Performance analysis of Query Grid queries using Teradata DBQL

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Performance analysis of Query Grid queries using Teradata DBQL

Introduction

The following article describes how to use Teradata DBQL tables to analyze the performance of Teradata to Hadoop (T2H) queries that transfer data from Hadoop to Teradata. This articles focuses on the steps that are part of the interaction between Teradata and Hadoop, it should be clear that query can have multiple other pre and post processing Teradata steps.

T2H has two processing methods

1)  Direct HDFS Read (DHR): The Teradata database directly reads from the HDFS file system using a Hadoop remote data access API. This approach uses little Hadoop resources and does not interact with Hive or Yarn. It accesses HDFS returning data in any of the supported data formats; Text, ORC, etc.

2) Hive Query Execution (HQE): This access method is based on the Foreign table syntax or the “Use native query” approach that issues a SQL statement to Hive to build a temporary table in the text HDFS format which is then read using the DHR approach. This approach can consume significant Hadoop resources and is under the control of YARN resource management.

Consider the following two queries which will be profiled in this article.

/* Query 1 */ SELECT TOP 20 * FROM mww.store_sales_1@hdp_test WHERE ss_sold_date_sk < 2451722 AND partkey = '1’

/* Query 2 */ SELECT TOP 20 * FROM FOREIGN TABLE (SELECT  * FROM mww.store_sales_1 WHERE ss_sold_date_sk < 2451722 AND partkey = '1’)@ hdp_test AS d

Query 1 uses the DHR method and Query 2 uses the HQE method.

The first item to consider is there are three phases of a query grid query execution as explained in the following table

Phase

Name

Description

Teradata STEP integration

1

Hadoop query execution and data mapping

If this is a HQE type of access a query is issued to Hive that will build a TEXT formatted result table in HDFS. The lowest AMP in the system will initiate the Hive query and that AMP will define the HDFS data to AMP mapping assignments. This step will output the data mapping assignment information to the output spool where the spool row key field will be defined so that the designated AMP will read and process this row.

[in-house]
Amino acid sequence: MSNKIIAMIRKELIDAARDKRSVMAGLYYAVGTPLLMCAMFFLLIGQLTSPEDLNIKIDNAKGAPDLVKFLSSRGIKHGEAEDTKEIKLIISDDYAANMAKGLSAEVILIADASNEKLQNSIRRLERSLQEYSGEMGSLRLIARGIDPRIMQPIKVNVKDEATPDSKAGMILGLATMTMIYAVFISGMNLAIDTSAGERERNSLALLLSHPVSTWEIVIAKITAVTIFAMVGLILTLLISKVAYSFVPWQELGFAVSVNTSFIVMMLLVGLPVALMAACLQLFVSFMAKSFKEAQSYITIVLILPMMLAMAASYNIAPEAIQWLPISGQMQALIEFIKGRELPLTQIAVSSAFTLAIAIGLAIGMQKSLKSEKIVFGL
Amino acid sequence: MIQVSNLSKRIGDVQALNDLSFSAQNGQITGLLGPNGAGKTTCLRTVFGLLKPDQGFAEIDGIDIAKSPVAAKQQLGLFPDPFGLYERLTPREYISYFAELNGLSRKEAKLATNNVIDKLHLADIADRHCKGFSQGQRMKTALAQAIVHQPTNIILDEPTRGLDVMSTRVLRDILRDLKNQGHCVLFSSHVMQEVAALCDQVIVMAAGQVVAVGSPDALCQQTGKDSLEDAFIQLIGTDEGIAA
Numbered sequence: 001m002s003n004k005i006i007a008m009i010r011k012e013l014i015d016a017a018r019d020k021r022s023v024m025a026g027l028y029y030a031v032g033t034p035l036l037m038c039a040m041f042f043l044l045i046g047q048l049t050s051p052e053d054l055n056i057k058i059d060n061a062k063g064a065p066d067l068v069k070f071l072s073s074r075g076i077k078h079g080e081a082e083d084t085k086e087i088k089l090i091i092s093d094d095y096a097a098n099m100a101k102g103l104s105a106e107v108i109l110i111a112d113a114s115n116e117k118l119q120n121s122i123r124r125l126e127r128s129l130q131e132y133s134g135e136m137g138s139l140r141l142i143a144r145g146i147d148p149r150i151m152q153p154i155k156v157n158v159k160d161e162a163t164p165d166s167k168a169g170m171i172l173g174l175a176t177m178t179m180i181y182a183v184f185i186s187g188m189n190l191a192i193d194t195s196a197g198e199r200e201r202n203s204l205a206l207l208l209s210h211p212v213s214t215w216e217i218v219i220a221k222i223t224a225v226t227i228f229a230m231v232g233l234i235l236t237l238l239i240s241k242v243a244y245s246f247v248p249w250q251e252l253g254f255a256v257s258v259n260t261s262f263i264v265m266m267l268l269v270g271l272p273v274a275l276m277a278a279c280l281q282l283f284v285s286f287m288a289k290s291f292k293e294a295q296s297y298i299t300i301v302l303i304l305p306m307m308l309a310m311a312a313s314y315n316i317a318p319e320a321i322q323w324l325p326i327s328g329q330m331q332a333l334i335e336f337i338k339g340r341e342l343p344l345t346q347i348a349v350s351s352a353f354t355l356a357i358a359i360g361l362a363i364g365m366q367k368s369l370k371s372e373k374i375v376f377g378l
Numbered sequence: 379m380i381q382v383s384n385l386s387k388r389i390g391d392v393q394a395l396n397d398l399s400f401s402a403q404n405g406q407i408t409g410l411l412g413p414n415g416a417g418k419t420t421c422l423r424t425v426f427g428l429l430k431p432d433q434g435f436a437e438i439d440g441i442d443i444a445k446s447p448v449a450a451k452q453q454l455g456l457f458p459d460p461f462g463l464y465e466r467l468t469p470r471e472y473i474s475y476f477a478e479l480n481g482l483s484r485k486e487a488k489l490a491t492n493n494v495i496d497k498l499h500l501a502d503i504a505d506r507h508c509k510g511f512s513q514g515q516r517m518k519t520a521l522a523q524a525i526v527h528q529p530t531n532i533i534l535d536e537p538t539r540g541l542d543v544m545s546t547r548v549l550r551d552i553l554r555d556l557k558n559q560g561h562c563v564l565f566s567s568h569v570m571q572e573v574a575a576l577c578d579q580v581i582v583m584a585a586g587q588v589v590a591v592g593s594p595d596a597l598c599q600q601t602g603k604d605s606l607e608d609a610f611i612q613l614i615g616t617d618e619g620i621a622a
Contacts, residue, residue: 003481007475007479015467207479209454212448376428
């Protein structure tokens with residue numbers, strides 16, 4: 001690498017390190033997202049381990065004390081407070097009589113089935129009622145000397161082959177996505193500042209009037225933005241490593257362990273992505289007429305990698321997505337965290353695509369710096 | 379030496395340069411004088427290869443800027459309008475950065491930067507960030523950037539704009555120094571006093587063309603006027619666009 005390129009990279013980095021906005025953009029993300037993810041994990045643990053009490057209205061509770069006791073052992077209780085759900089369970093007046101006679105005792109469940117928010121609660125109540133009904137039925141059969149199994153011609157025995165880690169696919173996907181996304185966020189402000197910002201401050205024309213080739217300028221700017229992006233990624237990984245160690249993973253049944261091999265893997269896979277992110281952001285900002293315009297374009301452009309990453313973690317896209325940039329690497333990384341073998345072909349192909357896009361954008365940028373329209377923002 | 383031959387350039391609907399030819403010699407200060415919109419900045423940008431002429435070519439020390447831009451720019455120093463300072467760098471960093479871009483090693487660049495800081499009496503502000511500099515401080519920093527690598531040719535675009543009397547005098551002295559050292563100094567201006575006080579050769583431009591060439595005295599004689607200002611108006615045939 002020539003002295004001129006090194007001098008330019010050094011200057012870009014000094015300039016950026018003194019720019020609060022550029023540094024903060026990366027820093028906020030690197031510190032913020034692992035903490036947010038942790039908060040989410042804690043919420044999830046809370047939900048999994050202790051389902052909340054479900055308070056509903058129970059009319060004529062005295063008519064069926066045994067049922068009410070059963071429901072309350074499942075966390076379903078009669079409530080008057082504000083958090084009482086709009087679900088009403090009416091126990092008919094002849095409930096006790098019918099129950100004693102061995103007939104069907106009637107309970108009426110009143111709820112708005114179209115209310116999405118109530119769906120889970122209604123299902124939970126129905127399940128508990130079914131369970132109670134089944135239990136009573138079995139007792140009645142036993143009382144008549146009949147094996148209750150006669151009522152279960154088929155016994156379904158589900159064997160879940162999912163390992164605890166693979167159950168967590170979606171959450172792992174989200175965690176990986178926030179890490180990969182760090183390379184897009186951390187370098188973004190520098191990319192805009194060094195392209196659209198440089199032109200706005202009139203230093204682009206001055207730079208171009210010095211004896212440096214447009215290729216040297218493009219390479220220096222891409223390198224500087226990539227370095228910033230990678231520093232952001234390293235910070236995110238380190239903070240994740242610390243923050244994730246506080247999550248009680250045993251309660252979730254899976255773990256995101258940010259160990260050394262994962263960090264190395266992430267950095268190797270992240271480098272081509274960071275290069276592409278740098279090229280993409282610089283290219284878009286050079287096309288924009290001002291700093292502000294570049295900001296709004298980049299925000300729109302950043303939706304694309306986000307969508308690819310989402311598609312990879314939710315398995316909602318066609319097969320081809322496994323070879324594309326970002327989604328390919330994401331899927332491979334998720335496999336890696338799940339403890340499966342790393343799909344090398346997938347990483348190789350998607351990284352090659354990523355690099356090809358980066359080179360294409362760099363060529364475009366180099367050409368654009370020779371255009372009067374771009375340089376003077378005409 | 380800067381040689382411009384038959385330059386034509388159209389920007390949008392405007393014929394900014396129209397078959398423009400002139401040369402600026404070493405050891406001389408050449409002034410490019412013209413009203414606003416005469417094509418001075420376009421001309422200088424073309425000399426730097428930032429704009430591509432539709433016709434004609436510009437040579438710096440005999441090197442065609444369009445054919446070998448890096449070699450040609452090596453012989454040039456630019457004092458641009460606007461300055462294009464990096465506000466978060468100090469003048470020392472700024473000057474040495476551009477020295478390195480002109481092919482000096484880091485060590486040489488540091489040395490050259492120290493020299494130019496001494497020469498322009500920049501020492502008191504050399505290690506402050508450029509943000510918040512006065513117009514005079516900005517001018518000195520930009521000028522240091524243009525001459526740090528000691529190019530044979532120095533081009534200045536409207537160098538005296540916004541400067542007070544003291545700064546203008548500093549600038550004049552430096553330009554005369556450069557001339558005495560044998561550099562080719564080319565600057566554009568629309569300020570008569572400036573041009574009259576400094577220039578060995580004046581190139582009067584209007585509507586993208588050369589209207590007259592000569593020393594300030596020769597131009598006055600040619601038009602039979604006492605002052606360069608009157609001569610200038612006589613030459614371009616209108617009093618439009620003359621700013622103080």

This phase will be invoked from an all AMP RET step with the following explain description

“all-AMPs RETRIEVE step executing table operator      SYSLIB.load_from_hcatalog ..”

In all cases the AMP step communicates using a local inter process communication (IPC) mechanism with a Teradata node resident JVM. The JVM communicates with the “Hadoop cluster” using a remote IPC mechanism typically across the BYNET. The Teradata node resident JVM is the same JVM that is used to execute JAVA UDFs.

2

Data mapping redistribution

Redistribute data mappings to all amps

This phase will be invoked from an all AMP RET step which reads form the spool built in the first phase and redistributes by a hash key to all AMPs.

3

Data transfer and Spool

This phase reads the data from HDFS using a native Hadoop API: Tasks

JVM: Read data buffers from network

JVM: Convert the data into Teradata indicdata format

JVM: Transfer data to AMP

AMP: build Teradata internal row

AMP: Apply any constant conditions

AMP: Write rows to spool

This phase will be invoked from an all AMP RET step which reads the data mappings from the spool built in phase 2. with the following explain description